Three- vs. Four-Jaw Lathe Chucks

Sean Michael Ragan

I am descended from 5,000 generations of tool-using primates. Also, I went to college and stuff. I am a long-time contributor to MAKE magazine and makezine.com. My work has also appeared in ReadyMade, c't – Magazin für Computertechnik, and The Wall Street Journal.

2399 Articles

By Sean Michael Ragan

I am descended from 5,000 generations of tool-using primates. Also, I went to college and stuff. I am a long-time contributor to MAKE magazine and makezine.com. My work has also appeared in ReadyMade, c't – Magazin für Computertechnik, and The Wall Street Journal.

2399 Articles

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Three-jaw chucks, of the same general type used to hold bits in most power drills, are also common equipment on metalworking lathes.  Though it is not necessarily so, three-jaw chucks are so commonly of the self-centering variety, in which the jaws are not independently adjustable, that “self-centering” is generally assumed from the term “three-jaw chuck.”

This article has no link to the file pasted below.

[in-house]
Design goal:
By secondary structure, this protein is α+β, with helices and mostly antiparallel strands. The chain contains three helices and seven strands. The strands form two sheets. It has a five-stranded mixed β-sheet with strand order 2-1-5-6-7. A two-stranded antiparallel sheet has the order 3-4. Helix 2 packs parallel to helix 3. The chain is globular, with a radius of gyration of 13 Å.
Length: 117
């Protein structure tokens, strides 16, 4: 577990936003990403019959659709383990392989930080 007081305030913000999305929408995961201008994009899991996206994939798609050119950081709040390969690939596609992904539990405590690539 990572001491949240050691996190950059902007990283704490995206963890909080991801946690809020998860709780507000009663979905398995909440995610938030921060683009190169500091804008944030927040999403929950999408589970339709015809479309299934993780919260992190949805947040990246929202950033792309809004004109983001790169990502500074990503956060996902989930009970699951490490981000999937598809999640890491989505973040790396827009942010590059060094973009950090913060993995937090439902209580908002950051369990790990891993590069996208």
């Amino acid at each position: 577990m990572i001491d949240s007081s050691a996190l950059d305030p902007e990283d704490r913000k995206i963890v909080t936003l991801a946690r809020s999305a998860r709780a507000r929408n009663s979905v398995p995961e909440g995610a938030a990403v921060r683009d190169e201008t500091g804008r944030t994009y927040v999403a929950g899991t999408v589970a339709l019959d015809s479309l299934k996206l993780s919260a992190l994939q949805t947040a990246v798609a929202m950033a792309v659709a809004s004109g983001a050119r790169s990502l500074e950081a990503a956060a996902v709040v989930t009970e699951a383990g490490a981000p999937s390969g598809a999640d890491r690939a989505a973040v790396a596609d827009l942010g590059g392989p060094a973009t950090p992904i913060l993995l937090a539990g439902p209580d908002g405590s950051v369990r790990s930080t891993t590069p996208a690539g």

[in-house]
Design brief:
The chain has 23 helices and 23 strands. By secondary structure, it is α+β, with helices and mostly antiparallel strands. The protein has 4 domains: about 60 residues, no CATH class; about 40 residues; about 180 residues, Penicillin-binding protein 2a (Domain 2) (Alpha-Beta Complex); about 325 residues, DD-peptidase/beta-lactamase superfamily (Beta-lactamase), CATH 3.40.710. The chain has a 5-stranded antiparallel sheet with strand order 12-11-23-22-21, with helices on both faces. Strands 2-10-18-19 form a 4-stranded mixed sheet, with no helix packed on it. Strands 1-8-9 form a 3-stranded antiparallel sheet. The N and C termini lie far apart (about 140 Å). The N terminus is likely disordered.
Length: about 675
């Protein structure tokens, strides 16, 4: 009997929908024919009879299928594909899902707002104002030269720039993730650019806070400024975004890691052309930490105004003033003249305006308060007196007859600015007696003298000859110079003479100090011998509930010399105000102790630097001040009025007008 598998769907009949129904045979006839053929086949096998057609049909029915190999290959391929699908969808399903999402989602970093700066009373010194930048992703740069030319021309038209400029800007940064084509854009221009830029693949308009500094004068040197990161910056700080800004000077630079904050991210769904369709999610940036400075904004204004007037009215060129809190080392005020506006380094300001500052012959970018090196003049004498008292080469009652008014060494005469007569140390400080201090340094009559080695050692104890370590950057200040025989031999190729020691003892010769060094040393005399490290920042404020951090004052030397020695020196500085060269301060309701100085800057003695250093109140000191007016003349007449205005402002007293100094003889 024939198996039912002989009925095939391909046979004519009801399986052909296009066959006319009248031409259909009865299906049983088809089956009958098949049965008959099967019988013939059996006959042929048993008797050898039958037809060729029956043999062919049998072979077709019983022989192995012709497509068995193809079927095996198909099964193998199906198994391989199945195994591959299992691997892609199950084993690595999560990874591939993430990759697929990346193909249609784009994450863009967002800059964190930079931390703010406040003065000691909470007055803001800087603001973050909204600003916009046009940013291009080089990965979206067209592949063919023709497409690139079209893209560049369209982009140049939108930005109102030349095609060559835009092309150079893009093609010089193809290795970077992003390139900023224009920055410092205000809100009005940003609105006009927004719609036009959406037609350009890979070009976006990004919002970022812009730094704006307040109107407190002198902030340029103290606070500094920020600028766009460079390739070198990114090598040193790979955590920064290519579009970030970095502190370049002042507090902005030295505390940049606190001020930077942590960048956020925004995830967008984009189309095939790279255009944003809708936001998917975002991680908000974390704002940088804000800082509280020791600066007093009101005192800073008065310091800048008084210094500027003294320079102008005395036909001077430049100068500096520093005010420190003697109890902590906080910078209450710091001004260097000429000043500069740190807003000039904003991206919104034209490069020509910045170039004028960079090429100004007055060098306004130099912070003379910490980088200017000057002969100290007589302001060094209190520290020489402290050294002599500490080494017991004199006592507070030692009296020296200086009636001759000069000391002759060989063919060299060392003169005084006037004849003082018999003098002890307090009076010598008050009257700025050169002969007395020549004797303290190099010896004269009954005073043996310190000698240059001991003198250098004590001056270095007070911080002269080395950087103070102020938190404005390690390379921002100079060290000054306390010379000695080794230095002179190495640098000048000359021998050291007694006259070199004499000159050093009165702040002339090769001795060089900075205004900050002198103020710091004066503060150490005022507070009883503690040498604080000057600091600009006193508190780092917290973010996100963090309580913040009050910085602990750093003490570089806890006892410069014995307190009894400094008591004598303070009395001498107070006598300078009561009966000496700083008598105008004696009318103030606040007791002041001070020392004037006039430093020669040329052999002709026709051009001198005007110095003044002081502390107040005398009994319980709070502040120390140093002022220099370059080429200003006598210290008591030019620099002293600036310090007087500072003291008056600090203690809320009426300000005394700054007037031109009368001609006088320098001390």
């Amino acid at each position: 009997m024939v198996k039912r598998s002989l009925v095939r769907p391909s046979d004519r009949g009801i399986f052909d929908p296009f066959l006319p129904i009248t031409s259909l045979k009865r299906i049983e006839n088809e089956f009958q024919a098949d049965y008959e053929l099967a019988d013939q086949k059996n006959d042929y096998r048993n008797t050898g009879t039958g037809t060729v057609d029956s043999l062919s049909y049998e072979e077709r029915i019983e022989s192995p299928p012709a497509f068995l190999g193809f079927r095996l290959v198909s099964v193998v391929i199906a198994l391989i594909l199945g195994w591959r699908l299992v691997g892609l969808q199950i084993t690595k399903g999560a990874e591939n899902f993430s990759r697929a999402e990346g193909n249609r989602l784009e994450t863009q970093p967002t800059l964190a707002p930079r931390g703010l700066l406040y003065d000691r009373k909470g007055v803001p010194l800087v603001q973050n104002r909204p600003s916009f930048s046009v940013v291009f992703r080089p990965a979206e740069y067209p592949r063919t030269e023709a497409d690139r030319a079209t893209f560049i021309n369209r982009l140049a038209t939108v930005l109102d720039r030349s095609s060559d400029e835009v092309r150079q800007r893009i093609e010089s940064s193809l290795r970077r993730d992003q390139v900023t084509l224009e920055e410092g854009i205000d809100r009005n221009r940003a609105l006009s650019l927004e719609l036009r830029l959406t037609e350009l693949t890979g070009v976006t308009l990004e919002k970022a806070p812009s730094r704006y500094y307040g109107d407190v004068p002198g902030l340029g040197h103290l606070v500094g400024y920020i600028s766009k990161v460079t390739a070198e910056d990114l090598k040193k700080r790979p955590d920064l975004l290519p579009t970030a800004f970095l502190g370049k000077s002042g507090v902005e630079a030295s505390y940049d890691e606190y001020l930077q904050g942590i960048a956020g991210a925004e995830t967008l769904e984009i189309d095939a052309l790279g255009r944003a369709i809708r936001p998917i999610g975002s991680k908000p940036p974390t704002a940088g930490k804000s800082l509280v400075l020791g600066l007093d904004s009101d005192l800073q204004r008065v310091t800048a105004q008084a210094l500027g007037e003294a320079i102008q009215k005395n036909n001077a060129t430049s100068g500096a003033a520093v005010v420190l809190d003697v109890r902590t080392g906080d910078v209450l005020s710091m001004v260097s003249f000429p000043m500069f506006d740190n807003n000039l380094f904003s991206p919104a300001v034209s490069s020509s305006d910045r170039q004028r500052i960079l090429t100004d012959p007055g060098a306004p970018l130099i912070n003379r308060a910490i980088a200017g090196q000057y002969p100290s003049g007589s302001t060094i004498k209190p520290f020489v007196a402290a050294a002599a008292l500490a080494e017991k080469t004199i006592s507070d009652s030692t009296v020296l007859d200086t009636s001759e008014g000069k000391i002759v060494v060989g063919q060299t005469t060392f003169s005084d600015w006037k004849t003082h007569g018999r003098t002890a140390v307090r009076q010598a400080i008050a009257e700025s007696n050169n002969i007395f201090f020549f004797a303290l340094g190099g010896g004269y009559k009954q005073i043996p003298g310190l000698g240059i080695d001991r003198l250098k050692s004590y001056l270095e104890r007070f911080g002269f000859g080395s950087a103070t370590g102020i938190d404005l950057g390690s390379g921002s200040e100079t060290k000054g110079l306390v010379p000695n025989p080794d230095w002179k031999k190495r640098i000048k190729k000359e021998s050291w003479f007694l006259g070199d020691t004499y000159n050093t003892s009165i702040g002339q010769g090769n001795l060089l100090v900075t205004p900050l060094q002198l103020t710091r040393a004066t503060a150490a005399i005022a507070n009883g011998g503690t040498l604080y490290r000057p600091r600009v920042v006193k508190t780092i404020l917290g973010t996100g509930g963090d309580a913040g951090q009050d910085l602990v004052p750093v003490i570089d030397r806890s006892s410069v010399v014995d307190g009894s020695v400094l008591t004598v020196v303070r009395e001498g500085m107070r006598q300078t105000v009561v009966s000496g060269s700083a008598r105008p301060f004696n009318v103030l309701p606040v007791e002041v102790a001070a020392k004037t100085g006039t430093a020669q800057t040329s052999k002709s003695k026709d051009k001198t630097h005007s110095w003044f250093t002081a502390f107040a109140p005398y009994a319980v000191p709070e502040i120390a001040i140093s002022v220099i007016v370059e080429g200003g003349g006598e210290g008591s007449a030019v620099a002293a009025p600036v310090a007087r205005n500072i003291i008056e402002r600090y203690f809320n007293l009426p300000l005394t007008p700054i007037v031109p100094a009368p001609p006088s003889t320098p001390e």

But there are distinct advantages to using a four-jaw chuck (which is generally assumed, contrariwise, to have independently-adjustable jaws), and though a three-jaw chuck is nice to have for convenience and for use with hexagonal stock, most machinists find the four-jaw chuck to be more versatile and useful in the long term.

This table is adapted from a list by Bruce Simpson, as quoted on Frank Hoose’s excellent lathe-work site.

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